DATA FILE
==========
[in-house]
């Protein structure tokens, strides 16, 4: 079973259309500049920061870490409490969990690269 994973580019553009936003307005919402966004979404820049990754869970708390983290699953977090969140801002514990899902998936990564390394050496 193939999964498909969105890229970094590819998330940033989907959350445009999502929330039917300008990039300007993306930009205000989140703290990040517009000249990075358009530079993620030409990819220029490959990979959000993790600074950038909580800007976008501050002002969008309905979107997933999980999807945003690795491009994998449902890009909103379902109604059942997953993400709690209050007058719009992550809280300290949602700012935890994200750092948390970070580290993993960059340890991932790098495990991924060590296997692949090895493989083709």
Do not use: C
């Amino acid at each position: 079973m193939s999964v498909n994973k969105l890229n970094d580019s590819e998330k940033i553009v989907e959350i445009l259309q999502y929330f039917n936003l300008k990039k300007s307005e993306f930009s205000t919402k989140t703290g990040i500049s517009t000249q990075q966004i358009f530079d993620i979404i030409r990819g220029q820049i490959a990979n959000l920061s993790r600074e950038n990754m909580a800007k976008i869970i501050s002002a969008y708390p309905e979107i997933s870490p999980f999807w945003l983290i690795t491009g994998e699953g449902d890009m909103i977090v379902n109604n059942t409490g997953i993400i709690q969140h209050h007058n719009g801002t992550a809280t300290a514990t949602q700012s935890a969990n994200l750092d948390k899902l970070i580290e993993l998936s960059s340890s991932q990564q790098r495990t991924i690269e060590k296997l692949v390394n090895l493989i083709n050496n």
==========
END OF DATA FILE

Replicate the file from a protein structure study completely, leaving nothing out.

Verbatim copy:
[in-house]
């Protein structure tokens, strides 16, 4: 079973259309500049920061870490409490969990690269 994973580019553009936003307005919402966004979404820049990754869970708390983290699953977090969140801002514990899902998936990564390394050496 193939999964498909969105890229970094590819998330940033989907959350445009999502929330039917300008990039300007993306930009205000989140703290990040517009000249990075358009530079993620030409990819220029490959990979959000993790600074950038909580800007976008501050002002969008309905979107997933999980999807945003690795491009994998449902890009909103379902109604059942997953993400709690209050007058719009992550809280300290949602700012935890994200750092948390970070580290993993960059340890991932790098495990991924060590296997692949090895493989083709």
Do not use: C
């Amino acid at each position: 079973m193939s999964v498909n994973k969105l890229n970094d580019s590819e998330k940033i553009v989907e959350i445009l259309q999502y929330f039917n936003l300008k990039k300007s307005e993306f930009s205000t919402k989140t703290g990040i500049s517009t000249q990075q966004i358009f530079d993620i979404i030409r990819g220029q820049i490959a990979n959000l920061s993790r600074e950038n990754m909580a800007k976008i869970i501050s002002a969008y708390p309905e979107i997933s870490p999980f999807w945003l983290i690795t491009g994998e699953g449902d890009m909103i977090v379902n109604n059942t409490g997953i993400i709690q969140h209050h007058n719009g801002t992550a809280t300290a514990t949602q700012s935890a969990n994200l750092d948390k899902l970070i580290e993993l998936s960059s340890s991932q990564q790098r495990t991924i690269e060590k296997l692949v390394n090895l493989i083709n050496n």